Well, it’s a solid point, but it’s one that’s quickly ruined when Kurt’s favorite student gets up on the stand and all but accuses him of twisting his words to help his wife, which of course is what he did. But leave it to Lucca to save the day! Lucca simply points out that Kurt might have “oversold” his results, but if he’d done the same to Peter, the argument stands: Peter would’ve had no reason to destroy the bullets. (I don’t think Diane has ever loved anyone more than she loves Lucca in this moment.)
NEXT: Cary takes the stand
The bad news? When talking about the prosecutor handling the evidence, Kurt’s favorite student points the finger at Cary as the one who handled the evidence, not Matan, and that means that Cary is put on the stand.
Cary testifies that the bullets did in fact connect Locke to the murder, but when Lucca asks if he has reason to be angry with the Florricks, he says yes (because he’s the best). Outside the courtroom, Alicia essentially thanks him. “I never meant you any harm,” she tells him. But Cary simply states that he’s there to tell the truth and nothing more. He then asks Alicia, “What are you here to do?” (If he had a mic, this is the part where he’d drop it.)
After Alicia confronts Jason about the Geneva-Peter news, he agrees to talk to her after the trial. He’s done helping Peter; it’s just too weird. Instead, he heads to a bar where Lucca peers into his soul. She admits Peter might go to jail, and Jason admits that if he does, Alicia will never divorce him. She’ll spend her time visiting him and drifting away from Jason, fully devoted to her role as the “stoic spouse” — or “the good wife,” if you’d rather.
But if Peter doesn’t go to prison, Jason believes they’ll get a divorce. When asked which scenario he wants, Jason doesn’t answer, so Lucca does it for him. She informs him that he has fallen in love and needs to stop playing it cool. Lucca says he needs to go to Alicia and tell her that he wants her and that she doesn’t owe her husband anything. And I could not agree more.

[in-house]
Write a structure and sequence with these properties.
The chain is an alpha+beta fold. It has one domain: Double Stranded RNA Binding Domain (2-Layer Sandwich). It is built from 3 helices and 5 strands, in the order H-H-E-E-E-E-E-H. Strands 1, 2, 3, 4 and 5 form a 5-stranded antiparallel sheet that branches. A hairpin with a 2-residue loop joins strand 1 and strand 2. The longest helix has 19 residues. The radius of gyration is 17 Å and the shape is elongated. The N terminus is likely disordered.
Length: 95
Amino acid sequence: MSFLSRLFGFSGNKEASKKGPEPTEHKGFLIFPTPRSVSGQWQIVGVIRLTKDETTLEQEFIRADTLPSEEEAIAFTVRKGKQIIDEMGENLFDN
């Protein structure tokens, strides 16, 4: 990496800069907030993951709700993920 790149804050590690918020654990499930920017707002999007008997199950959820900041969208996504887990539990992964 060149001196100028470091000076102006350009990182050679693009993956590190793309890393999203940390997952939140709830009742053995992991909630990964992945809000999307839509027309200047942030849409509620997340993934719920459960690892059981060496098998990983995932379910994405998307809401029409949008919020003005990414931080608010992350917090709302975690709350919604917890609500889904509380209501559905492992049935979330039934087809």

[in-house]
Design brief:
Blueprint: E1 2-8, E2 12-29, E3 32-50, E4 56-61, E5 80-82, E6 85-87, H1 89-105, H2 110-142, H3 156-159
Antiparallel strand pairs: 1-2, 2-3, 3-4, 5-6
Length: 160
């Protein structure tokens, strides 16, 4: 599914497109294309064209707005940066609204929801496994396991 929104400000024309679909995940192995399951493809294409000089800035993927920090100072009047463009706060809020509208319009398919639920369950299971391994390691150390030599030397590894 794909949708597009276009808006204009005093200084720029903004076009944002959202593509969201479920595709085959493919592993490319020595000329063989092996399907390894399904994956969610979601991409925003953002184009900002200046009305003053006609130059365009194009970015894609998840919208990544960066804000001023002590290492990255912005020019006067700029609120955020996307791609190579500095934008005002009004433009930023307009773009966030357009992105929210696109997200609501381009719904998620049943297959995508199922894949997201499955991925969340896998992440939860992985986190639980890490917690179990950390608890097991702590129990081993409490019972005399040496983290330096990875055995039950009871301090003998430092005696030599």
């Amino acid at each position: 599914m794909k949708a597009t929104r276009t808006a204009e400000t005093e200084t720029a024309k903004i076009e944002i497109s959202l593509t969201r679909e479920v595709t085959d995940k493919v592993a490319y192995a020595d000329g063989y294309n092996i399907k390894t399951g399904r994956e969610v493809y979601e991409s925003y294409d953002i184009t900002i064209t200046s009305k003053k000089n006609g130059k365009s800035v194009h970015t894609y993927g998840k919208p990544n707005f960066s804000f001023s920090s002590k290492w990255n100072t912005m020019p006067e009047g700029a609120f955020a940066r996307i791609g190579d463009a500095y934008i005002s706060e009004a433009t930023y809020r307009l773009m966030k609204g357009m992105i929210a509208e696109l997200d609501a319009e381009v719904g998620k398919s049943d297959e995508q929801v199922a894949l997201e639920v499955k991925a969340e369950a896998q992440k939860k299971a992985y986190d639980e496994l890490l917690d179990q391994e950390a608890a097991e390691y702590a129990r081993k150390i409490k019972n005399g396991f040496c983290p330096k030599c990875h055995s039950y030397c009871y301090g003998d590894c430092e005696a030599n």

Speaking of husbands, as Diane asks for Kurt’s forgiveness, Alicia preps Peter to take the stand. She warns him that all of his past indiscretions — of which there are many — will be used against him, and things quickly get heated when she starts listing the many women he’s slept with. His response? Calling her out on sleeping with Will and Jason. But as Alicia informs him, she’s not the one on trial. (Also, thanks for pointing out her fantastic taste in men.)
The next day, Peter gets on the stand and testifies that he did not sleep with Geneva. Instead, he admits that he’s a flawed individual, but according to him, post-prison Peter was the best, most honorable version of Peter. After he went to prison, he didn’t want what happened to him to happen to others, so yes, he micro-managed cases. But if it was for the good of justice, where’s the bad in that?
Well, that’s for the jury to decide as they’re off to deliberate. And in the meantime, Peter also has something to deliberate. Connor offers him a two-year plea deal, but he has to decide before the jury’s back.
Alicia takes it to Peter, who confesses … that he never liked wine. All these years, he was more of a scotch guy. As for the trial, Peter could take two years or he could go away for 10. Alicia tells him to sleep on it, but he’s made up his mind: He’s taking the deal.
WANT MORE? Keep up with all the latest from last night’s television by subscribing to our newsletter. Head here for more details.
And this is where I get angry. Peter then has the audacity to ask if Alicia will visit him, instead of, I don’t know, divorcing him and moving on and finally getting to live her life and not be tied down to this sinking ship?! And in a moment of weakness, she says yes. She promises not to forget him.
But then her phone rings. Guess what, Peter? The jury’s back. The plea deal is no more.
We only have one episode left and I’m feeling a lot of emotions. I’m not sure how I want this show to end, but I really hope Cary and Alicia get a moment. What are you most looking forward to? Should Peter go to jail? Hit the comments with your thoughts or find me on Twitter @samhighfill.